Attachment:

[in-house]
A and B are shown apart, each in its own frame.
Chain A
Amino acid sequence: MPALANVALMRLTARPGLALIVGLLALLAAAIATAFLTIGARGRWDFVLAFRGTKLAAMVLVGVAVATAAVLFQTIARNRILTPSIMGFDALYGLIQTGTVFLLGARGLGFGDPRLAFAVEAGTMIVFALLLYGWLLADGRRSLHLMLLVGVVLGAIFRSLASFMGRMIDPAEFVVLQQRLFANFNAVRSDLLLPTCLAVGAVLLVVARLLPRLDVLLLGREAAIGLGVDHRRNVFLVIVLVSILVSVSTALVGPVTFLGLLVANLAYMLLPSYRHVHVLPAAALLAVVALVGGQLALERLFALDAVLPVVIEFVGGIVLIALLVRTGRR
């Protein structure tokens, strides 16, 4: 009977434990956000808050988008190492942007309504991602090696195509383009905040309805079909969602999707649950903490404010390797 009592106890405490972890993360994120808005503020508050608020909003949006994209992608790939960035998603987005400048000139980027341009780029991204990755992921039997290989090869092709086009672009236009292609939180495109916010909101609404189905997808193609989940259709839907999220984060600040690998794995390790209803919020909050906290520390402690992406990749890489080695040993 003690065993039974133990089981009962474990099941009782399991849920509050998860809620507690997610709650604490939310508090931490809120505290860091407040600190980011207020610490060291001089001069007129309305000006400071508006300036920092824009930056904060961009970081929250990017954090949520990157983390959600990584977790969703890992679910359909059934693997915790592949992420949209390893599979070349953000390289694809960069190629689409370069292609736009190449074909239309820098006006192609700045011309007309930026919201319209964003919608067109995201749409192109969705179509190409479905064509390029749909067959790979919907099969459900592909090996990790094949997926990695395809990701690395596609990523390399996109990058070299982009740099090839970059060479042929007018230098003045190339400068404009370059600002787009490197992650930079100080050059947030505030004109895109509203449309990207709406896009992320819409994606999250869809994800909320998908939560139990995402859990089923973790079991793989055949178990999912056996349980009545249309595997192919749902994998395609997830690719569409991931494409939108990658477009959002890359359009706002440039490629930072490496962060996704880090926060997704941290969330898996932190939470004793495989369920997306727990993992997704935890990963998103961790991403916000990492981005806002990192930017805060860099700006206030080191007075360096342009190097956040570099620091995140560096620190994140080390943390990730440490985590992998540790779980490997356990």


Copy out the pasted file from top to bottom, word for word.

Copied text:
[in-house]
A and B are shown apart, each in its own frame.
Chain A
Amino acid sequence: MPALANVALMRLTARPGLALIVGLLALLAAAIATAFLTIGARGRWDFVLAFRGTKLAAMVLVGVAVATAAVLFQTIARNRILTPSIMGFDALYGLIQTGTVFLLGARGLGFGDPRLAFAVEAGTMIVFALLLYGWLLADGRRSLHLMLLVGVVLGAIFRSLASFMGRMIDPAEFVVLQQRLFANFNAVRSDLLLPTCLAVGAVLLVVARLLPRLDVLLLGREAAIGLGVDHRRNVFLVIVLVSILVSVSTALVGPVTFLGLLVANLAYMLLPSYRHVHVLPAAALLAVVALVGGQLALERLFALDAVLPVVIEFVGGIVLIALLVRTGRR
């Protein structure tokens, strides 16, 4: 009977434990956000808050988008190492942007309504991602090696195509383009905040309805079909969602999707649950903490404010390797 009592106890405490972890993360994120808005503020508050608020909003949006994209992608790939960035998603987005400048000139980027341009780029991204990755992921039997290989090869092709086009672009236009292609939180495109916010909101609404189905997808193609989940259709839907999220984060600040690998794995390790209803919020909050906290520390402690992406990749890489080695040993 003690065993039974133990089981009962474990099941009782399991849920509050998860809620507690997610709650604490939310508090931490809120505290860091407040600190980011207020610490060291001089001069007129309305000006400071508006300036920092824009930056904060961009970081929250990017954090949520990157983390959600990584977790969703890992679910359909059934693997915790592949992420949209390893599979070349953000390289694809960069190629689409370069292609736009190449074909239309820098006006192609700045011309007309930026919201319209964003919608067109995201749409192109969705179509190409479905064509390029749909067959790979919907099969459900592909090996990790094949997926990695395809990701690395596609990523390399996109990058070299982009740099090839970059060479042929007018230098003045190339400068404009370059600002787009490197992650930079100080050059947030505030004109895109509203449309990207709406896009992320819409994606999250869809994800909320998908939560139990995402859990089923973790079991793989055949178990999912056996349980009545249309595997192919749902994998395609997830690719569409991931494409939108990658477009959002890359359009706002440039490629930072490496962060996704880090926060997704941290969330898996932190939470004793495989369920997306727990993992997704935890990963998103961790991403916000990492981005806002990192930017805060860099700006206030080191007075360096342009190097956040570099620091995140560096620190994140080390943390990730440490985590992998540790779980490997356990």